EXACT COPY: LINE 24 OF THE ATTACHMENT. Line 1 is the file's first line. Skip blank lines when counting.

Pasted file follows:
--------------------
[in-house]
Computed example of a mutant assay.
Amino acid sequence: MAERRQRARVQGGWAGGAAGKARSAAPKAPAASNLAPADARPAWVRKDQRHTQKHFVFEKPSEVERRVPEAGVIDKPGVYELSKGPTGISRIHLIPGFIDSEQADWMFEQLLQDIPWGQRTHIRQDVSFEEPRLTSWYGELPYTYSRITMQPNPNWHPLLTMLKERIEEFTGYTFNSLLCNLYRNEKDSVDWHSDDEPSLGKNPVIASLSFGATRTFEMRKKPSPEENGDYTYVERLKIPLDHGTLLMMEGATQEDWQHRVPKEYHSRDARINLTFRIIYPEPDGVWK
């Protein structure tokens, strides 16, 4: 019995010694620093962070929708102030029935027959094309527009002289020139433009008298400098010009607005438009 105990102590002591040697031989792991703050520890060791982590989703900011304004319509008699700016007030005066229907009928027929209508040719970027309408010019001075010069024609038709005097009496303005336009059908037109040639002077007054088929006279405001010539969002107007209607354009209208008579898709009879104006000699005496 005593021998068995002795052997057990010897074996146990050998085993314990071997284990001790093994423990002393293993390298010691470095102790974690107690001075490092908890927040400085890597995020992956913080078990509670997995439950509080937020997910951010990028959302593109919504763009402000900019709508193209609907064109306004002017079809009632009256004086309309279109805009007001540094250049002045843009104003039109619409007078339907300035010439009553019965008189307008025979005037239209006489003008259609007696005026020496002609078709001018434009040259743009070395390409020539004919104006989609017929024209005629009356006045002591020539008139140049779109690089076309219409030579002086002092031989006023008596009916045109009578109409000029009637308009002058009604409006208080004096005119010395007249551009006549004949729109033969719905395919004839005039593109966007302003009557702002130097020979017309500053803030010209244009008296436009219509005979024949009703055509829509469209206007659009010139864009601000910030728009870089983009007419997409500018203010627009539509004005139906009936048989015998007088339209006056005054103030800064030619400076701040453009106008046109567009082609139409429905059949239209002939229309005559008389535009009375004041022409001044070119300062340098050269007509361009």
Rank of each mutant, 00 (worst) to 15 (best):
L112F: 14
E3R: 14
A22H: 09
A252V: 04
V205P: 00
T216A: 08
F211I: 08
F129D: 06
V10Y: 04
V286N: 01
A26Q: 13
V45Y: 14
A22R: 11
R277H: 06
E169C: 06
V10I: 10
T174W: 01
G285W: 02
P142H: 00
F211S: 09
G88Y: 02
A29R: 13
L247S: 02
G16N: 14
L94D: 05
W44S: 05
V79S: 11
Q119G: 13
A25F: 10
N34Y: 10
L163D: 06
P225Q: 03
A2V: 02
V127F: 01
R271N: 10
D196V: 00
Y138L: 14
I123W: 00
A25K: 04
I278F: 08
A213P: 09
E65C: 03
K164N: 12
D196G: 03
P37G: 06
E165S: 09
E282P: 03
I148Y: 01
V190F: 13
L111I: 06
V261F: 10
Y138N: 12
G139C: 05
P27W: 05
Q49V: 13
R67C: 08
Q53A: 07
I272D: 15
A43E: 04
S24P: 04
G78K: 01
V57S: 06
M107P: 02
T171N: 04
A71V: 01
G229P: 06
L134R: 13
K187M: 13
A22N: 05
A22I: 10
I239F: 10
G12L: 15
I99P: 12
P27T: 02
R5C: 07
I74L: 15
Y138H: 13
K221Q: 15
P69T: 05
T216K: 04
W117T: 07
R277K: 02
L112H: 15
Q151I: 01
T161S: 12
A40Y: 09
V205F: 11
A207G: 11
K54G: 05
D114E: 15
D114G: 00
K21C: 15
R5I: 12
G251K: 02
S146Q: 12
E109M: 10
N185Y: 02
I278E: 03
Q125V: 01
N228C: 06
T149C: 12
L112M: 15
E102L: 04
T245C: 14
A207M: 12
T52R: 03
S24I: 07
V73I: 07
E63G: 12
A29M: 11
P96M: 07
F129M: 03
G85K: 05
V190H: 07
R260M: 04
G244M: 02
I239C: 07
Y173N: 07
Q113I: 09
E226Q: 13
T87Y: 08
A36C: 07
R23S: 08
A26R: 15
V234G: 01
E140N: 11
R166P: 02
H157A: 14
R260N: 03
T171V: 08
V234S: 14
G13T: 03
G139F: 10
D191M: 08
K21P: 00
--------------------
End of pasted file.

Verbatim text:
P142H: 00